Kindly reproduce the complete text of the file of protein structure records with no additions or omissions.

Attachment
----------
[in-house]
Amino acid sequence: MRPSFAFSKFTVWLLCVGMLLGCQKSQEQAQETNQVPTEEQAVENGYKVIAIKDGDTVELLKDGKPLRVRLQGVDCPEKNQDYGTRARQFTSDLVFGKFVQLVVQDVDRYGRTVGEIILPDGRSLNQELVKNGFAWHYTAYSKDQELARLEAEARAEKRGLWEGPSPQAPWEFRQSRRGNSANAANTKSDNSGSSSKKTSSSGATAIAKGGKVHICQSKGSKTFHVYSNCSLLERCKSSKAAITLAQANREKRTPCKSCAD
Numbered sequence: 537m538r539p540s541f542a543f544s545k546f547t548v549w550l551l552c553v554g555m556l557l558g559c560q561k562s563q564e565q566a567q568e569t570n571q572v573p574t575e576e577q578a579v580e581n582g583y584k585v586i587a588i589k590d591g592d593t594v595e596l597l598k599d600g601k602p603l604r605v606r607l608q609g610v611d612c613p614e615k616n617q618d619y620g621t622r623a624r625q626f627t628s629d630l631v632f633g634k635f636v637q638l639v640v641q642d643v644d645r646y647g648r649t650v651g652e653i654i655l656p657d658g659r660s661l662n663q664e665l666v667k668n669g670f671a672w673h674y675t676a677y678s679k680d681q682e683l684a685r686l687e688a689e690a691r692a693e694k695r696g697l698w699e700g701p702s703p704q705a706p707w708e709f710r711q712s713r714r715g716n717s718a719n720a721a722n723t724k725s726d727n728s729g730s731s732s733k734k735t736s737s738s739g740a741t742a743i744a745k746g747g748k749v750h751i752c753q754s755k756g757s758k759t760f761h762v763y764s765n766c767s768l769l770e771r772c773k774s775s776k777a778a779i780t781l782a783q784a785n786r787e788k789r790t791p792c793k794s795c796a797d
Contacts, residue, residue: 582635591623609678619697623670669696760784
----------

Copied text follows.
[in-house]
Amino acid sequence: MRPSFAFSKFTVWLLCVGMLLGCQKSQEQAQETNQVPTEEQAVENGYKVIAIKDGDTVELLKDGKPLRVRLQGVDCPEKNQDYGTRARQFTSDLVFGKFVQLVVQDVDRYGRTVGEIILPDGRSLNQELVKNGFAWHYTAYSKDQELARLEAEARAEKRGLWEGPSPQAPWEFRQSRRGNSANAANTKSDNSGSSSKKTSSSGATAIAKGGKVHICQSKGSKTFHVYSNCSLLERCKSSKAAITLAQANREKRTPCKSCAD
Numbered sequence: 537m538r539p540s541f542a543f544s545k546f547t548v549w550l551l552c553v554g555m556l557l558g559c560q561k562s563q564e565q566a567q568e569t570n571q572v573p574t575e576e577q578a579v580e581n582g583y584k585v586i587a588i589k590d591g592d593t594v595e596l597l598k599d600g601k602p603l604r605v606r607l608q609g610v611d612c613p614e615k616n617q618d619y620g621t622r623a624r625q626f627t628s629d630l631v632f633g634k635f636v637q638l639v640v641q642d643v644d645r646y647g648r649t650v651g652e653i654i655l656p657d658g659r660s661l662n663q664e665l666v667k668n669g670f671a672w673h674y675t676a677y678s679k680d681q682e683l684a685r686l687e688a689e690a691r692a693e694k695r696g697l698w699e700g701p702s703p704q705a706p707w708e709f710r711q712s713r714r715g716n717s718a719n720a721a722n723t724k725s726d727n728s729g730s731s732s733k734k735t736s737s738s739g740a741t742a743i744a745k746g747g748k749v750h751i752c753q754s755k756g757s758k759t760f761h762v763y764s765n766c767s768l769l770e771r772c773k774s775s776k777a778a779i780t781l782a783q784a785n786r787e788k789r790t791p792c793k794s795c796a797d
Contacts, residue, residue: 582635591623609678619697623670669696760784